As previously mentioned, ultrasonic flaw detectors have seen a series of advancements over the years with numerous modifications to improve their efficiency. Nonetheless, the essential working parts for a contemporary ultrasonic flaw detector consist of the following parts highlighted below.
One interesting thing about ultrasonic flaw detectors is their ability to inspect both ferrous and non-ferrous material. This characteristic is an advantage that endears this NDT tool to quality inspectors and manufacturers. So, let’s take a look at some of its material applications.
There are three types of ultrasonic flaw detector types available in the market today, and each is selected based on the nature of the test sample under examination.
This technique is often used when identifying defects like delamination, voids, cracks, and porosity that occur parallel to the test sample’s surface. While any transducers including contact, delay line, immersion, or dual element can be used, it is essential to know that they all launch longitudinal waves in straight lines with the test sample. Nonetheless, they are very suitable for testing forgings, pins, and bolts that can crack parallel to an accessible surface of the sample.
This is the most effective technique for welds and joins, which do not have parallel discontinuities with the test sample’s surface. Typical factors like weld geometry, weld crown, and flaw orientation with this type of inspection become critical. Likewise, the angle of the generated beam is also critical as the welds need to be inspected from the sides. This technique forms the most used method for ultrasonic flaw detectors.
For this technique, an array of numerous transducers is located at various points to surround the test sample and work in sync to produce an accurate test image. Particularly, it allows for easy assessment of cracks, discontinuities, and porosity with clear images. But more importantly, it is intuitive with a user-friendly interface and colorful graphics for easy interpretation. Perhaps this type of ultrasonic testing is the best as it is by far the most versatile, fast, and offers image magnification for an enhanced image resolution.
Calibration often involves using a known standard to set the precision and accuracy of the ultrasonic flaw detector. While there are several methods and ways to go about this, we will only look at the three calibration methods associated with the ultrasonic flaw detectors.
In most contemporary ultrasonic flaw detectors, reflectors are critical to the accuracy of the result you get. However, sizing this reflector can pose a challenge to your testing and hinder the accuracy of your result. Hence, the need to apply a suitable sizing technique for your reflector. Here are the most common techniques highlighted below.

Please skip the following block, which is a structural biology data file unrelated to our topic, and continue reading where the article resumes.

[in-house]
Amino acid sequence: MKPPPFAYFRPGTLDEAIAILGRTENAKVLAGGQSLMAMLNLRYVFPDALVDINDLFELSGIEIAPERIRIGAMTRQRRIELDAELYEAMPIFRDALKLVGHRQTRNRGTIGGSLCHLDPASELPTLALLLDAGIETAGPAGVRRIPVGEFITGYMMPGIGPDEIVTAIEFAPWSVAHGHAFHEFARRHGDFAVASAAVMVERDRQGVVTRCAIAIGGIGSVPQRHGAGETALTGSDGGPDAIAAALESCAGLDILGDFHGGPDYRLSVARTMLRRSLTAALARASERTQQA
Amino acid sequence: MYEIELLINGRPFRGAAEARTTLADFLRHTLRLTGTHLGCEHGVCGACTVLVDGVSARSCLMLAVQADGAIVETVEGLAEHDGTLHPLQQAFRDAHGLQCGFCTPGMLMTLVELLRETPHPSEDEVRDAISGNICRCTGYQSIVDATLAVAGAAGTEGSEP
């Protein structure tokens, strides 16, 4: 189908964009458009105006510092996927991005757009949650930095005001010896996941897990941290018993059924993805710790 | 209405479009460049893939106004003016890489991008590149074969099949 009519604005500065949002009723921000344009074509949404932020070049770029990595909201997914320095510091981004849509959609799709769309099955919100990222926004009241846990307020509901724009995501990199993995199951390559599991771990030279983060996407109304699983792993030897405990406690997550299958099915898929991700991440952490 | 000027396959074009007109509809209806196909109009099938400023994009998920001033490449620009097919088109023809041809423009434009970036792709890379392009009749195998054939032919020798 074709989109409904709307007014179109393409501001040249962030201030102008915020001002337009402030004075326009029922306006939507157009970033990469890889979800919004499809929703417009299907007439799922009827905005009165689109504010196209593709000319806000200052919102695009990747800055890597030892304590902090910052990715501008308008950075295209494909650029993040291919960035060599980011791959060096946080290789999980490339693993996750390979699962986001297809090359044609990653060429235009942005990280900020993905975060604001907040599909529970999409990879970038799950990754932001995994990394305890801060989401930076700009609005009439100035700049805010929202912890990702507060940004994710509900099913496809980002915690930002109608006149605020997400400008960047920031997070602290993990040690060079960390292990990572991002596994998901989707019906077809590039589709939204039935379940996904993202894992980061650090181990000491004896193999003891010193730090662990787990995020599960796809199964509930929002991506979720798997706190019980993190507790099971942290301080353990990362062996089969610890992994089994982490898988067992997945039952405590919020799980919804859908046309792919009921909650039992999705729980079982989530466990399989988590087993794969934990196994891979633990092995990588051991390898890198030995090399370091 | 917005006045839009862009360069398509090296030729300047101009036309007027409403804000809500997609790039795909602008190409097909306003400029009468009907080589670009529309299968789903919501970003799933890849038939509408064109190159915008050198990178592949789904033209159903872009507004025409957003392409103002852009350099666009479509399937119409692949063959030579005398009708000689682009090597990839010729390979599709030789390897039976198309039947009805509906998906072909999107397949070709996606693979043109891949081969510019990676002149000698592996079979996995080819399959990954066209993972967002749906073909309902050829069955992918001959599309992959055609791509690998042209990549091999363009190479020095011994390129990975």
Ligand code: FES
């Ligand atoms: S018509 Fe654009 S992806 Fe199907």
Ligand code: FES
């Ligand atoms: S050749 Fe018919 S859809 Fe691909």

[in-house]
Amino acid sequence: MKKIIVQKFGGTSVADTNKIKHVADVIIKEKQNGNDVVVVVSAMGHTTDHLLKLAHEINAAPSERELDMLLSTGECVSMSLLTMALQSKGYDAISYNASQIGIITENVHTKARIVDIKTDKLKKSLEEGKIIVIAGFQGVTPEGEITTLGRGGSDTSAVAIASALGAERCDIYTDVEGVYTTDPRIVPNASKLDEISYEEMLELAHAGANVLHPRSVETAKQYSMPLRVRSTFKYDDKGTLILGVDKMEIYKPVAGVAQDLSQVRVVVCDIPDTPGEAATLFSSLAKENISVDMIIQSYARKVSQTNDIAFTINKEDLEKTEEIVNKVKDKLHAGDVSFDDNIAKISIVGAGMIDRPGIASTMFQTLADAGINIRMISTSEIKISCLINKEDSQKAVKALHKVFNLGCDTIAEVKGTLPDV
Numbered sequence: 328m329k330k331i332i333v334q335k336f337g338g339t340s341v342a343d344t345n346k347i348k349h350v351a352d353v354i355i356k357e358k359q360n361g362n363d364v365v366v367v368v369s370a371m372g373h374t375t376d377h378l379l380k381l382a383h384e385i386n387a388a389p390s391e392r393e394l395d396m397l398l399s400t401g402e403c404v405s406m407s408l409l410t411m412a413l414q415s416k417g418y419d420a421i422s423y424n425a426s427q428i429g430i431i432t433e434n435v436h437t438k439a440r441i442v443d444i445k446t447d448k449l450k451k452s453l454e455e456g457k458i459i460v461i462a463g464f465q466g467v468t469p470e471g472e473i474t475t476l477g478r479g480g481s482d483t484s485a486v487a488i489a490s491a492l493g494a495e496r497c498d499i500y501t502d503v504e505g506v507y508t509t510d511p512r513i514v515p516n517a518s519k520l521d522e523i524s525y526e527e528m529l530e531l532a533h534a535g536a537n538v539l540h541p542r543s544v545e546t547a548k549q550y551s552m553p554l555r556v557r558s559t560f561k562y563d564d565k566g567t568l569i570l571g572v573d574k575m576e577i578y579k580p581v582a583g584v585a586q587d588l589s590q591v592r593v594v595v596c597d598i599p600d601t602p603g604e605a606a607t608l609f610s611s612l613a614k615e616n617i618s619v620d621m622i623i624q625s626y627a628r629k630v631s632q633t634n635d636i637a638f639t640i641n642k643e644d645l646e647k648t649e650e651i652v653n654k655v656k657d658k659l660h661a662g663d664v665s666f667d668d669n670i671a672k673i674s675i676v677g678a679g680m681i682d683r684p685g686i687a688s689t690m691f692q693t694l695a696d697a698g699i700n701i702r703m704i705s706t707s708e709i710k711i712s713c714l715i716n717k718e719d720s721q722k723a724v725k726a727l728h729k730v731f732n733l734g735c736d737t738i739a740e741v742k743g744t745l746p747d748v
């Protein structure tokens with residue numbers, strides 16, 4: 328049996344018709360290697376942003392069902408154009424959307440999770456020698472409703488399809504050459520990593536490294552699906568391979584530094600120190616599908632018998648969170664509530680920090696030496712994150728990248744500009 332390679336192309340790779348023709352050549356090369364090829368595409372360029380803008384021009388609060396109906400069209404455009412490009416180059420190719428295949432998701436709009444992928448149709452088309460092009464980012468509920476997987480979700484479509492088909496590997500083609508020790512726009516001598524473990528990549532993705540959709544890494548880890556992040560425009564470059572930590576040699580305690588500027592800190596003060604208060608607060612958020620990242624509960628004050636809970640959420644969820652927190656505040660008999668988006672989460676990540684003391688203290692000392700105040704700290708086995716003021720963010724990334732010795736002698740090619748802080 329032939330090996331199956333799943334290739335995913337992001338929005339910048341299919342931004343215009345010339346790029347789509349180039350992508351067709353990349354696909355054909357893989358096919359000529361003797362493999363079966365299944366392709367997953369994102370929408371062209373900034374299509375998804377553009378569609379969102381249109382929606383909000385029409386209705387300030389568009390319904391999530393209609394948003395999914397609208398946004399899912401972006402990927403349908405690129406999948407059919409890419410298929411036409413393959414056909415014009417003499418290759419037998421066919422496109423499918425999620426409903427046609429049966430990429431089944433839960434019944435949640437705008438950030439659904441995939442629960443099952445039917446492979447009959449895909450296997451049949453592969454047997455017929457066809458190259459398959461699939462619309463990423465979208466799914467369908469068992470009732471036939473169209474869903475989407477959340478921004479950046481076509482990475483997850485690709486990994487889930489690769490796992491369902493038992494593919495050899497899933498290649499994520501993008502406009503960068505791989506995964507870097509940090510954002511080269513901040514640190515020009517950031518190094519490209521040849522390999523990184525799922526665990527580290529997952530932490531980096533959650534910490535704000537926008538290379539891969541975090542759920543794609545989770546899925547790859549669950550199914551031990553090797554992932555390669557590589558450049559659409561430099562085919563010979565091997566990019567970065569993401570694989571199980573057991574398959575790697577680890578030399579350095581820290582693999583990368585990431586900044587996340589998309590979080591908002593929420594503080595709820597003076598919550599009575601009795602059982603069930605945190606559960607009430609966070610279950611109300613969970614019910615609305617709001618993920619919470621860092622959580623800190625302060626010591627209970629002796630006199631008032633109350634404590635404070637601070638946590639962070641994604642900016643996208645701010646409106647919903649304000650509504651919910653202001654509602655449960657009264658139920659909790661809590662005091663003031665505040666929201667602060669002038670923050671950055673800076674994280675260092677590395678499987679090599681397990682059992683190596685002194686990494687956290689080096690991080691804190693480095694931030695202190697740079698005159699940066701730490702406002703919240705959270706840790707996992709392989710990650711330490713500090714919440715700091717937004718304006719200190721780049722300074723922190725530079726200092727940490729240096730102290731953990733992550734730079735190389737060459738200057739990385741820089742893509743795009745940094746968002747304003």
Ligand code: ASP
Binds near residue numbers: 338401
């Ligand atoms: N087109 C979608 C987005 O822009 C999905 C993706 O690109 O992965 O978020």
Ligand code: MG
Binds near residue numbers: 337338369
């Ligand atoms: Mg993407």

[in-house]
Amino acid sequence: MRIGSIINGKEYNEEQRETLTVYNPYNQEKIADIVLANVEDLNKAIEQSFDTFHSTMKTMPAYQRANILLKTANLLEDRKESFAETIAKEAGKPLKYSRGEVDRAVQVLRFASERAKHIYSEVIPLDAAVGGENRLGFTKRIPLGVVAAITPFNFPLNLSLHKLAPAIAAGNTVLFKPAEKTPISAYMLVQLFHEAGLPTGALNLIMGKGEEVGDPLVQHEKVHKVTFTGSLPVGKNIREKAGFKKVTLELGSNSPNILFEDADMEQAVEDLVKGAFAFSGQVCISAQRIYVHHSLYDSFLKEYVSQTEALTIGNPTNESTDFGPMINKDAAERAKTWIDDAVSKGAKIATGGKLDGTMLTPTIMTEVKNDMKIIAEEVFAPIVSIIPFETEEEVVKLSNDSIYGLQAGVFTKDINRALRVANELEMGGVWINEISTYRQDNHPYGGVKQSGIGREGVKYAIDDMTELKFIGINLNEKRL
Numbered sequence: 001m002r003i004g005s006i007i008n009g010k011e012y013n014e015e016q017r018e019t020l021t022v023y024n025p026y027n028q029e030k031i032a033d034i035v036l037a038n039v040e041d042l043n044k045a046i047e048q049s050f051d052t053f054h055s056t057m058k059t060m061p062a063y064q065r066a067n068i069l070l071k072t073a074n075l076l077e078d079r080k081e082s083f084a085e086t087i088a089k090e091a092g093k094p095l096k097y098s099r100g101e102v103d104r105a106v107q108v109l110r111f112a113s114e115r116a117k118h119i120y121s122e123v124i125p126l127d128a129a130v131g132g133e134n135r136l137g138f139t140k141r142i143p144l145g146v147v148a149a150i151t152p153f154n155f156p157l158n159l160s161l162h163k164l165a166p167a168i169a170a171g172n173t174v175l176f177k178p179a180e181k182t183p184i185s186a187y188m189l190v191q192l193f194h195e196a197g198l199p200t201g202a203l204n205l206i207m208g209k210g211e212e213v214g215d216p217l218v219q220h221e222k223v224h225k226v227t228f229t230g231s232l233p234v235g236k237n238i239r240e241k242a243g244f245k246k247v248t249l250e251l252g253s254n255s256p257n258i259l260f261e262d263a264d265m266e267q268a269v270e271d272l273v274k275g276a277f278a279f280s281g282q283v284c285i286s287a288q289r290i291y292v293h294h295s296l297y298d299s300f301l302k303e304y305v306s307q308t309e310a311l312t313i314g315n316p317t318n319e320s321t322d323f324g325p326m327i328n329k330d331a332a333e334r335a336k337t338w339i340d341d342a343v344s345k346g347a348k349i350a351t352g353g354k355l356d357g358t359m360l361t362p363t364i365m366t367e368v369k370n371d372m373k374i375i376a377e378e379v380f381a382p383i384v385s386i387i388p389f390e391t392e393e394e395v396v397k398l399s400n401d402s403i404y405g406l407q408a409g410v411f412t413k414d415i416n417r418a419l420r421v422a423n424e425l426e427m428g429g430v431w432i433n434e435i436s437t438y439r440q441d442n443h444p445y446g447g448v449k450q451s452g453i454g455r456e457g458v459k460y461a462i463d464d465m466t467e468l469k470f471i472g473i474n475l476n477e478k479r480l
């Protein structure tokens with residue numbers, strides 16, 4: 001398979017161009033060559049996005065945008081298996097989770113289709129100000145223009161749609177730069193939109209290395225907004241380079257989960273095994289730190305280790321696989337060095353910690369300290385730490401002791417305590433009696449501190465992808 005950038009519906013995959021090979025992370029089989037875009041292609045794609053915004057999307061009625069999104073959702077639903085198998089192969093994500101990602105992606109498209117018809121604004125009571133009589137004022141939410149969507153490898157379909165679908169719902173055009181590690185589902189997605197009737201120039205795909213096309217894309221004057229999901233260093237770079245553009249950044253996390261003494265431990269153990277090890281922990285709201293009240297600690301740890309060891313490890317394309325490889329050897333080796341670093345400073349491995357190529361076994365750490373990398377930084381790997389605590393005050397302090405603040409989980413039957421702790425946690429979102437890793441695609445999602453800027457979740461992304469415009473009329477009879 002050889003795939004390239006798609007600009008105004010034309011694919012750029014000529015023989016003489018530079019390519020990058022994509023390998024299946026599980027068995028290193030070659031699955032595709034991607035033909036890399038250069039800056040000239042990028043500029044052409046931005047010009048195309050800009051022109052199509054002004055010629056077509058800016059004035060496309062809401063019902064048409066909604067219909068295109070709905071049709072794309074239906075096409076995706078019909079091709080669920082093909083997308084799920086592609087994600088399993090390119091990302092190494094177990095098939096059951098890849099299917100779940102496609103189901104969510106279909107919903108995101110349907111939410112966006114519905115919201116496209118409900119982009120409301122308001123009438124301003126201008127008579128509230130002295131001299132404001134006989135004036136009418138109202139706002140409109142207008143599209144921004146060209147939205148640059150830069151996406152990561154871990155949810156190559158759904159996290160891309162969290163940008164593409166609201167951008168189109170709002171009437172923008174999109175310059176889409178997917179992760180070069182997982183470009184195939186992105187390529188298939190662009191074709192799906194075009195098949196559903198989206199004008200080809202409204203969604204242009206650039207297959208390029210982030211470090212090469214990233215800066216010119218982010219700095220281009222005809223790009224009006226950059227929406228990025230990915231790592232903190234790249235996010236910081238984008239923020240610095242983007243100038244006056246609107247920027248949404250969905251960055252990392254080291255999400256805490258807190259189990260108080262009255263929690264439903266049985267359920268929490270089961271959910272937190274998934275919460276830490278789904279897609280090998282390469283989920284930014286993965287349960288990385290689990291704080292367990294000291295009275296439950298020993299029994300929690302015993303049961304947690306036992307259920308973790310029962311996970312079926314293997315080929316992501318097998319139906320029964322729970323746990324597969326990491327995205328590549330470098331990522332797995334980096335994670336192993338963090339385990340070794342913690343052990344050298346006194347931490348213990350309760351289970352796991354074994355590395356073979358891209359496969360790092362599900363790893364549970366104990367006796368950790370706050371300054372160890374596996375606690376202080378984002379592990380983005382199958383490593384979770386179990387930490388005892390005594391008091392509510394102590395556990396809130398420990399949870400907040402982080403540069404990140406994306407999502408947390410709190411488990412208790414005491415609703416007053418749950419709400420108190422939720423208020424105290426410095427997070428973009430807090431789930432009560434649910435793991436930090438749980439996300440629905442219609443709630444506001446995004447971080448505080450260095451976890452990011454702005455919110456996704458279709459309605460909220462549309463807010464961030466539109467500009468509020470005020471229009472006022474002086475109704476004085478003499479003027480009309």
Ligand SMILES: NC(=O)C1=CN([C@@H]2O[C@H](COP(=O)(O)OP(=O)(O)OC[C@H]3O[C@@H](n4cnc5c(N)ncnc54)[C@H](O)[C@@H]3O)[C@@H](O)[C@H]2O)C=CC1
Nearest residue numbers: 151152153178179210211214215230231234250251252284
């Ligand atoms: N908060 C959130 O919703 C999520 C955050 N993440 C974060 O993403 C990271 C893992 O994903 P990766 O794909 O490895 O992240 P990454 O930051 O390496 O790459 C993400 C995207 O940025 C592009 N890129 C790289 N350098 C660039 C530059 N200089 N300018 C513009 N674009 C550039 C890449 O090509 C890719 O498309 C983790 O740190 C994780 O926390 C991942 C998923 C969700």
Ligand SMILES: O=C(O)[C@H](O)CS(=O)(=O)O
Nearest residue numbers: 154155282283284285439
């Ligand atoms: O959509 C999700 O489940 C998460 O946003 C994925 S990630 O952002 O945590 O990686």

While these two techniques are two sides of the same coin yet, they have different case uses specific to each technique.
DAC, which stands for Distance Amplitude Correction curve, is employed to plot the variable amplitude for reflectors of the same but with differing distances from the transducers. The reflectors, in this case, often produce echoes with a decreasing amplitude as the distance to the transducer also decreases.
TVG, on the other hand, stands for Time Varied Gain and typically increases the gain by 80% based on the function of time, which helps to bring all the reference echoes to the same height. This gain is often noticeable across the screen through the single value gain presented. But while it is important to note that TVG compensates for the acoustic factors, it is equally critical to observe that the reference reflector peaks downwards rather than drawing a curve on the screen like for DAC.
Distance/Gain/Size (DGS) technique is a form of equivalent reflector size method where the amplitude of the echo from the reflector is related to the flat bottom hold of the same distance. While this technique traditionally involves comparing the echo with printed curves, the contemporary digital detector available today can automatically calculate the equivalent reflector size for a gated peak while using a calibration routine to draw the curve. Moreover, DGS is also known as Abstand Verstarkung Grosse (AVG) from its German name.
In a nutshell, ultrasonic flaw detectors are a very reliable, fast, and accurate quality inspection tool that has undergone various advancements over the years and is now very popular in the manufacturing industry. However, understanding certain properties such as frequency, velocity, wavelength, and angle of reflection and refraction are critical to understanding the operations of the UT detector.
Nevertheless, it is very advantageous as it can identify internal and external flaws for various materials, including ferrous and non-ferrous materials like plastic, ceramics, and fiberglass.
Hopefully, this guide has helped figure out the workings of ultrasonic flaw detectors because that’s all that matters.
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Send us an inquiry, we will feedback to you ASAP!